The next day some beautiful friends of Maru, Juan and Gabriella, arrived from Mexico DF to spend a few days with Maru. They told us that on the way from Mexico their taxi was involved in an accident. Though not seriously injured, Juan's lower leg had to be bandaged up and Gabriella was quite shaken up. Maru also mentionned that a few weeks ago her co-worker friend was involved in a serious accident when his car went over the edge of the road and rolled a few hundred feet down into a ravine.

Juan and "Gaby" livened up Maru's big house, and over the next few days we all had great conversation, super diners (thank-you Maru) in front of a blazing fireplace, and even a DVD movie thanks to Juan and Gaby's laptop PC.

The next few days were spent visiting SCC and a few surrounding towns, one of which was Zinacantan to which I rode the 10 kms. with Gabriella who kept me laughing all the way. Zinacantan is a small orderly clean town to be contrasted to another nearby town of San Juan Chamula which was much livelier and considerably dirtier.

SJC is among other things known for its unique religious practices or rituals. There is supposedly a huge sign at the entrance to town, which I didn't see, forbidding any photography.

While mainly Christian, the Tzotzil people, like many others of the small remote towns of both Mexico and Central America also embrace pagan beliefs. There was a very colorful religious procession in the Centro as I rode into town. After watching a few minutes I took out my camera to take a few photos. Almost immediatly I was pelted by corn cobs which litter most streets, tomatoes, and a few rocks, amid much shouting by men waving sticks. I quickly got the point and left as fast as I could. Another tourist, a Mexican, saw what happened and explained that these people could be quite dangerous if provoked and could actually destroy my camera, if not me!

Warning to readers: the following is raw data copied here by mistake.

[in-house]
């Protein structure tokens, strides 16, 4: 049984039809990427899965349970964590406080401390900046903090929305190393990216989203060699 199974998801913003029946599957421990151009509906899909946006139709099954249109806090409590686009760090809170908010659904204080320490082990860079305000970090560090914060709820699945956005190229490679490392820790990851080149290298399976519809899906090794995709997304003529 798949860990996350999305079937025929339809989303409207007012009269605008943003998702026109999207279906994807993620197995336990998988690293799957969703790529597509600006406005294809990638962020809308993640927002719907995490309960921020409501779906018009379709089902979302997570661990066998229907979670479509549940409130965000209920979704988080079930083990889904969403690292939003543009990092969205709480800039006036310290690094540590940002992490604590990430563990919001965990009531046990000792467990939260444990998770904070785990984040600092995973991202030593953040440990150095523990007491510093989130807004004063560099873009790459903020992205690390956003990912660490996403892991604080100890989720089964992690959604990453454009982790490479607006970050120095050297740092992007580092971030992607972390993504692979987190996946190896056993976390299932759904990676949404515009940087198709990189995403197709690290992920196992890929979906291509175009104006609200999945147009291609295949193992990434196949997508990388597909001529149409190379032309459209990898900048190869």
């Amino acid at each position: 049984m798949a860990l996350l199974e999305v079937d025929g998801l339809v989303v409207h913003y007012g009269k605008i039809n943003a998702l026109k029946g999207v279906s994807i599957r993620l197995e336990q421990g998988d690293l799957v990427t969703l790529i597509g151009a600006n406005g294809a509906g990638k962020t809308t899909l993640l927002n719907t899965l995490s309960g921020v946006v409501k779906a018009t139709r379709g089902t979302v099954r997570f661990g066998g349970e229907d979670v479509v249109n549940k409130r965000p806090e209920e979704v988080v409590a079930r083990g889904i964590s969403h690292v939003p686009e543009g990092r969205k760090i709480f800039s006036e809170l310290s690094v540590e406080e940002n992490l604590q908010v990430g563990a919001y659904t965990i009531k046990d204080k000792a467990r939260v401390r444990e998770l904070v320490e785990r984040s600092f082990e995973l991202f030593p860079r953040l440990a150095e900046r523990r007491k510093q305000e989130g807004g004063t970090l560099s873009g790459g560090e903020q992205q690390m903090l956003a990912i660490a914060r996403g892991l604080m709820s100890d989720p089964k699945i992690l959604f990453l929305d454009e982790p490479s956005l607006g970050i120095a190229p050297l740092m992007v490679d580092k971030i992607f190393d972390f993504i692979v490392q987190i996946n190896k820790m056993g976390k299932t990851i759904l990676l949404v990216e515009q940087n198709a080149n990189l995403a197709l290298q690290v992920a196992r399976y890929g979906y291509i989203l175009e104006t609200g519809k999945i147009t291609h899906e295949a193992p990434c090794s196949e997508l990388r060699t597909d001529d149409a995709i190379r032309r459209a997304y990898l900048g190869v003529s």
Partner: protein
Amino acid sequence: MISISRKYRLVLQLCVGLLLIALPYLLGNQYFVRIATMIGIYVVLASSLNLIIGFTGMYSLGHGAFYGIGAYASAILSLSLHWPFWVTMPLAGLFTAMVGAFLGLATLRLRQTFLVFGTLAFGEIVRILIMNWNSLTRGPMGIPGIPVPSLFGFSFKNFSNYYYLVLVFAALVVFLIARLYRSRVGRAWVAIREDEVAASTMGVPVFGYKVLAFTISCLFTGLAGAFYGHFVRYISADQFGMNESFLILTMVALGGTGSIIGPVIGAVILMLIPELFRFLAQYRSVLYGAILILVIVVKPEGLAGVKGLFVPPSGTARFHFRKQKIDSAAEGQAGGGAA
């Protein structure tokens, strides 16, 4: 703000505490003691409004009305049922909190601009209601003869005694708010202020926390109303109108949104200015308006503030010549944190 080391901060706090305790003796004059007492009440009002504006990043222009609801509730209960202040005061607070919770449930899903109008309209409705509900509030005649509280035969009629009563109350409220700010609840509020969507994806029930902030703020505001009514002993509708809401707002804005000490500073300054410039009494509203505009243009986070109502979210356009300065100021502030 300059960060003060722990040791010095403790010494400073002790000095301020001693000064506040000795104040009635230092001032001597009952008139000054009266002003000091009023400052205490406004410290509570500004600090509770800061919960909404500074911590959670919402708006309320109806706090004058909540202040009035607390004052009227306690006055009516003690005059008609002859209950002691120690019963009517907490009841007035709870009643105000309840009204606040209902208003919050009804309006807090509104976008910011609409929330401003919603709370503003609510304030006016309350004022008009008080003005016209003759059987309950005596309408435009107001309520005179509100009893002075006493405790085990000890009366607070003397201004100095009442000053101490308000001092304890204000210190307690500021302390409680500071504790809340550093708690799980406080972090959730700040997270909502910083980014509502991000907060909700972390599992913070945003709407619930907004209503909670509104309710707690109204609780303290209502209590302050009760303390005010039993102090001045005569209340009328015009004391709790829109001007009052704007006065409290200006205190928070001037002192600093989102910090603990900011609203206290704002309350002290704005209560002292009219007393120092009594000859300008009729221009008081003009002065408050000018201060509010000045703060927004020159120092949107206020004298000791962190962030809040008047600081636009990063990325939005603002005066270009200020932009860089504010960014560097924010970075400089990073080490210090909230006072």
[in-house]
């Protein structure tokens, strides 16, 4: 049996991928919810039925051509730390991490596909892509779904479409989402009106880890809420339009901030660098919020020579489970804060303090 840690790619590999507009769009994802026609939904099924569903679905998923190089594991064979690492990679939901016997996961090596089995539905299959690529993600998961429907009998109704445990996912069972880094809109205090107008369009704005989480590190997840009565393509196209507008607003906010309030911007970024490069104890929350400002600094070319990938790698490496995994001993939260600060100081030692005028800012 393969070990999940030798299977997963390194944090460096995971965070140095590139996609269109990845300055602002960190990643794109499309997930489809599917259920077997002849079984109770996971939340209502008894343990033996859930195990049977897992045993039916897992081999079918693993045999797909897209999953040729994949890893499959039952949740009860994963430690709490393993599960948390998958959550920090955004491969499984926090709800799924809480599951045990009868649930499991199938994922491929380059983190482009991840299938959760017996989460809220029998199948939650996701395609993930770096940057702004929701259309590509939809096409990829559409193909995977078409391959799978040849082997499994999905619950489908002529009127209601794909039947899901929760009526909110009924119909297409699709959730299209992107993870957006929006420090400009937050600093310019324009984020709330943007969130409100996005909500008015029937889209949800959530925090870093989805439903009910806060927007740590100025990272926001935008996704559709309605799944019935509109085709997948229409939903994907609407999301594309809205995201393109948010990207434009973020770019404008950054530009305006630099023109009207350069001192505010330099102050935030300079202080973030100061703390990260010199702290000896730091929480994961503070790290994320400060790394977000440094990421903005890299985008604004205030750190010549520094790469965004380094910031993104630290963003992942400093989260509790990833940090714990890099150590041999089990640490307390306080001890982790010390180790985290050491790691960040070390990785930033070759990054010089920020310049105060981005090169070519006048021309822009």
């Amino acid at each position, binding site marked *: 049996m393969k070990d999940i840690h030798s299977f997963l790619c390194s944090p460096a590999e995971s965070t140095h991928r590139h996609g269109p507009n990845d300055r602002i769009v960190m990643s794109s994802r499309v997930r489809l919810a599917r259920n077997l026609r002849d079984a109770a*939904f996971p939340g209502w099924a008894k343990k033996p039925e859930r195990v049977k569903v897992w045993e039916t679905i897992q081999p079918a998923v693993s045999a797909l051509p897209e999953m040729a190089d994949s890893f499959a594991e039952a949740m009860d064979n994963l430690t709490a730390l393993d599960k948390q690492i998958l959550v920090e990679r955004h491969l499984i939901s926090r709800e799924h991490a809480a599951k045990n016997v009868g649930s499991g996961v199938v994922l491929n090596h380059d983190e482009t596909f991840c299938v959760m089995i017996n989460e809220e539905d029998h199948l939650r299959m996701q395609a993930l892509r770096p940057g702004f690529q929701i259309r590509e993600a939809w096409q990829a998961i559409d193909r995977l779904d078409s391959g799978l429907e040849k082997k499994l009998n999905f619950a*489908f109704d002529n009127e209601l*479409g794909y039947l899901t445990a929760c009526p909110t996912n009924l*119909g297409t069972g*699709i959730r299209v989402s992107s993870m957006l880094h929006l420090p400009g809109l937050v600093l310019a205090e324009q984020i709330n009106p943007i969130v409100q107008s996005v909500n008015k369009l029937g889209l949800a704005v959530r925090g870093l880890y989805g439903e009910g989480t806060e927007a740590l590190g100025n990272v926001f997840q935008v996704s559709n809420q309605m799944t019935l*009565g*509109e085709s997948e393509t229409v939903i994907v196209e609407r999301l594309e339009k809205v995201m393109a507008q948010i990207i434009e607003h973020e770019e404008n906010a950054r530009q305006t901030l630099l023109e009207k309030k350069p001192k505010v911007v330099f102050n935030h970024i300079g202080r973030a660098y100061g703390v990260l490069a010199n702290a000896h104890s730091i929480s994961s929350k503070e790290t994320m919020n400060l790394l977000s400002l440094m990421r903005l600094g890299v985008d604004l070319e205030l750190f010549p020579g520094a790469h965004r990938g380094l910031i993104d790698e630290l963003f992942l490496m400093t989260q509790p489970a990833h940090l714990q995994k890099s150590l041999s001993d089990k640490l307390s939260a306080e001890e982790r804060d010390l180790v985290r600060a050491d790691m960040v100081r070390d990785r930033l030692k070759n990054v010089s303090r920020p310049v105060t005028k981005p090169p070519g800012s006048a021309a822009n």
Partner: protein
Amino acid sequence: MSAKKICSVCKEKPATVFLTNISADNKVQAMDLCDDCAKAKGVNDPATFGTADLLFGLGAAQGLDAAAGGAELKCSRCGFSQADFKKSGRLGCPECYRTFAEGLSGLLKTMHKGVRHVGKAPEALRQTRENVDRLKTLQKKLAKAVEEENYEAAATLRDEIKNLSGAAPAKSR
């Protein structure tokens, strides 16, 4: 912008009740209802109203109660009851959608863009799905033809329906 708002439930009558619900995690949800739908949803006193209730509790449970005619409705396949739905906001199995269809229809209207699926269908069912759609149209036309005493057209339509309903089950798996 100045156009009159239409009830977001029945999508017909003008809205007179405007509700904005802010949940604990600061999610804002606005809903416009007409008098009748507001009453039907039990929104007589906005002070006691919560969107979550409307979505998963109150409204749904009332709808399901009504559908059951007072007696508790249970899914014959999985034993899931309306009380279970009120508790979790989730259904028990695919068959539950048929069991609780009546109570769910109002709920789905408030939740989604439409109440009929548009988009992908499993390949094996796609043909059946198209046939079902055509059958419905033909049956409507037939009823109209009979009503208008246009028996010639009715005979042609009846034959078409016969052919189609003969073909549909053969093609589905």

I decided to visit the church where I was treated to another amazing site. The floor was covered with pine needles to a depth of a few inches and covered with thousands of lit candles, groups of which were surrounded by families chanting and rocking while kneeling with their faces to the pine needles. The darkness, broken only by the candles, along with the candle and inscence smoke and pine smell, and the sound of hundreds of chanting people created quite a powerful impression.The men were surrounded by 5 to 10 bottles of cokes and other softdrinks as well as eggs or bones. Images/statues of saints dressed in holy garments are surrounded with mirrors. The Chamulans revere San Juan Bautista (Saint John The Baptist) above Christ (a place for you, FatCat), and his image has the most important place in the church. The chanters rub themselves with the bones and eggs while drinking their soft drinks, which facilitate burping which is believed to expel evil spirits....wow...and I thought Judiasm was complicated!